Keeper of the Dawn – Dianna Gunn Review

Sometimes failure is just the beginning

All Lai has ever wanted is to become a priestess, like her mother and grandmother before her, in service to their beloved goddess. That’s before the unthinkable happens, and Lai fails the trials she has trained for her entire life. She makes the only choice she believes she can: she runs away.

From her isolated desert homeland, Lai rides north to the colder, stranger kingdom of Alanum—a land where magic, and female warriors, are not commonplace.

Here, she hears tales about a mountain city of women guardians and steel forgers, worshiping goddesses who sound very similar to Lai’s own. Determined to learn more about these women, these Keepers of the Dawn, Lai travels onward to find their temple. She is determined to make up for her past failure, and will do whatever it takes to join their sacred order.

Falling in love with another initiate was not part of the plan.

Why did I pick this up?: There was a call on Twitter for people to read an ARC of this, especially bloggers who are on the aromantic or the asexual spectrum (or both, like me!). I jumped in and ta dah! ARC.

Good points: This is a cute little story, nicely written, reminiscent of the likes of Tamora Pierce and that vein. Perfect for me, of course, since I love Tamora Pierce. There was nicely done asexual representation that may even have been aromantic as well, although the words were never used. I loved that there was a discussion between the characters about boundaries and what they wanted. Also, cute female/female relationship, yes please!

Quibbles: Few, really. I think perhaps the story could have been expanded further, but then, I’m not used to reading novellas, so that could be the novel reader in me talking. Other than that, nothing. It was an interesting read that I managed in the space of a few hours.

Overview (TL;DR): A nice, quick fantasy read with some asexual and same-sex relationship rep. What more could a girl want?

-K Hart

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Jane Austen’s Emma, and Reading What You Love

Progress on Alternate: 29,020

So hey, this isn’t so much a review. The book I’ve just finished reading is Jane Austen’s Emma, and to be quite frank I’ve been trying to get myself to enjoy Austen for a long time. To understand the appeal of her as a writer. I know many people who adore her novels, but no matter how many times I read them I feel they’re not quite for me.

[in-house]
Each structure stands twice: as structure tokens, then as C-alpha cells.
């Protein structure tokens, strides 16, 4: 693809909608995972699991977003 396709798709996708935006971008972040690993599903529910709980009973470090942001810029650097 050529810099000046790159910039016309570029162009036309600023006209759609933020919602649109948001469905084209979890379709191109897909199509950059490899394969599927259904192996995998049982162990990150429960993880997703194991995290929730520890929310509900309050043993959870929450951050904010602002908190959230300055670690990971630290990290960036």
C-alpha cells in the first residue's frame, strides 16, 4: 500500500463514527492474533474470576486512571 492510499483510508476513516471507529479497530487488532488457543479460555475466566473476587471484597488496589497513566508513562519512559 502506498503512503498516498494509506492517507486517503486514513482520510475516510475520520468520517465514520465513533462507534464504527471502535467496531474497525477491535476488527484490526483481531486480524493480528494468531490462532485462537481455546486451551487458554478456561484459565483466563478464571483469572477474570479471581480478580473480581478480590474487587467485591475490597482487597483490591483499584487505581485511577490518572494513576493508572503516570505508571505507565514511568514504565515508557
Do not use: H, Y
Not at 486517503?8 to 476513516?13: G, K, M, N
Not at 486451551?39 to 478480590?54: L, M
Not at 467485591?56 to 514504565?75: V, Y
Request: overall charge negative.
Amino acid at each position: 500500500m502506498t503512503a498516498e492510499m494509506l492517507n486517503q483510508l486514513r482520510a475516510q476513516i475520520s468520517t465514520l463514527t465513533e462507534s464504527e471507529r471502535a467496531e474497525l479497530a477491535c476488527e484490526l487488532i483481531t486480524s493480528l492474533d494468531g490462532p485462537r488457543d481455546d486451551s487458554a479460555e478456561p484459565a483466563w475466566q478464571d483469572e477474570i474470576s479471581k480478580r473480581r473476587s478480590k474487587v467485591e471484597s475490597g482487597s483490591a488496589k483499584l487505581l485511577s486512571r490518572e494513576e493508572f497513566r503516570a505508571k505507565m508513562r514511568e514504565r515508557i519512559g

The book has its good points. We get to watch as our heroine tragically misinterprets event after event, and get a snapshot of the era from the book. However to me it’s so much about intrigue, about socialising, about who desires whom, that I just can’t bring myself to get so excited.

And it just made me think about the amount of times these books have been recommended to me as somehow intellectually superior to the sorts of books I so often love. I mean, I am a walking contradiction. I love Byron, Wilde, Swinburne, Baudelaire, some Dickens… I love social commentary like Evelyn Waugh… I love the Beat Generation… Kerouac, Burroughs, Ginsberg. But I also love what a lot of people like to call ‘trash fiction’, and I love my genre fiction. I like Devon Monk, Lev Grossman, Kevin Hearne, Patrick Rothfuss, George R R Martin, Rob Thurman. I love Tamora Pierce, and enjoy Cassandra Clare (something that often surprises people).

The point is, I CAN love all of those. I don’t have to like Austen to be a wonderful literary reader, I can like what I like. I won’t stop trying to see the beauty in the things other people like, or even reading them, but there is such meaning and purpose in genre fiction that I firmly believe that those who like it are just the same as those who like reading other works… and often, people like me like both!

People read about things that strike a chord with them. I read things that speak to the human emotion in me, or things that simply take me to another world. I read about magic and wonder, about worlds within this one that I can never experience. I read about things that will take me away from this world. But I also read a lot about mental illness. About addiction. About pain. About lives that hurt and wound the owner. About people who think differently, about people learning to deal with that. I read about sarcastic heroes and heroines, morally-grey anti-hero types, people who feel like outsiders, odd or unusual. I read real life stories, that speak to my heart. And I think everyone should take that stance. Read whatever it is that speaks to something in you. Whether that something is a need to escape, or a feeling you’re having right then and there. Words have power. Let them work their magic.

-K Hart